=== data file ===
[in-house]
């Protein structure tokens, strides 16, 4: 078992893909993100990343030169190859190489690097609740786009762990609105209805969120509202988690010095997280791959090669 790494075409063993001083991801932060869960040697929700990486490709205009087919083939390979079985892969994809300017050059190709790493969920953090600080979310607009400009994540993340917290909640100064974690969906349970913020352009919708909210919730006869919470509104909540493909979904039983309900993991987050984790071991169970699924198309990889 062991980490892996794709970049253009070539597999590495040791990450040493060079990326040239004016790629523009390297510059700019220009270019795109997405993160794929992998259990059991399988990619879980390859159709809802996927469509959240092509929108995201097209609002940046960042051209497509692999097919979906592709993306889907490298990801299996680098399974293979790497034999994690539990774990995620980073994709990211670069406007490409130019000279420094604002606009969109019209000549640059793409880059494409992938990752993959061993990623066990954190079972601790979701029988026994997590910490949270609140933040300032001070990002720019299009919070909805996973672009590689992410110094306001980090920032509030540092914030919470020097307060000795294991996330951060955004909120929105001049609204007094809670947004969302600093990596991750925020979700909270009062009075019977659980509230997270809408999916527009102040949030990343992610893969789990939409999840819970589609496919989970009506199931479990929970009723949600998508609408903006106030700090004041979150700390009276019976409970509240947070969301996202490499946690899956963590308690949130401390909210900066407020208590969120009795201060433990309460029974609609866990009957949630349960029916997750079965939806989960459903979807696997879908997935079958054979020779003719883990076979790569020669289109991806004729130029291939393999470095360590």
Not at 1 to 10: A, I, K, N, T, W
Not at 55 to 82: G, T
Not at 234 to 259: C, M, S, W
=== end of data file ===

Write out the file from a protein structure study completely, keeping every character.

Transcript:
[in-house]
């Protein structure tokens, strides 16, 4: 078992893909993100990343030169190859190489690097609740786009762990609105209805969120509202988690010095997280791959090669 790494075409063993001083991801932060869960040697929700990486490709205009087919083939390979079985892969994809300017050059190709790493969920953090600080979310607009400009994540993340917290909640100064974690969906349970913020352009919708909210919730006869919470509104909540493909979904039983309900993991987050984790071991169970699924198309990889 062991980490892996794709970049253009070539597999590495040791990450040493060079990326040239004016790629523009390297510059700019220009270019795109997405993160794929992998259990059991399988990619879980390859159709809802996927469509959240092509929108995201097209609002940046960042051209497509692999097919979906592709993306889907490298990801299996680098399974293979790497034999994690539990774990995620980073994709990211670069406007490409130019000279420094604002606009969109019209000549640059793409880059494409992938990752993959061993990623066990954190079972601790979701029988026994997590910490949270609140933040300032001070990002720019299009919070909805996973672009590689992410110094306001980090920032509030540092914030919470020097307060000795294991996330951060955004909120929105001049609204007094809670947004969302600093990596991750925020979700909270009062009075019977659980509230997270809408999916527009102040949030990343992610893969789990939409999840819970589609496919989970009506199931479990929970009723949600998508609408903006106030700090004041979150700390009276019976409970509240947070969301996202490499946690899956963590308690949130401390909210900066407020208590969120009795201060433990309460029974609609866990009957949630349960029916997750079965939806989960459903979807696997879908997935079958054979020779003719883990076979790569020669289109991806004729130029291939393999470095360590």
Not at 1 to 10: A, I, K, N, T, W
Not at 55 to 82: G, T
Not at 234 to 259: C, M, S, W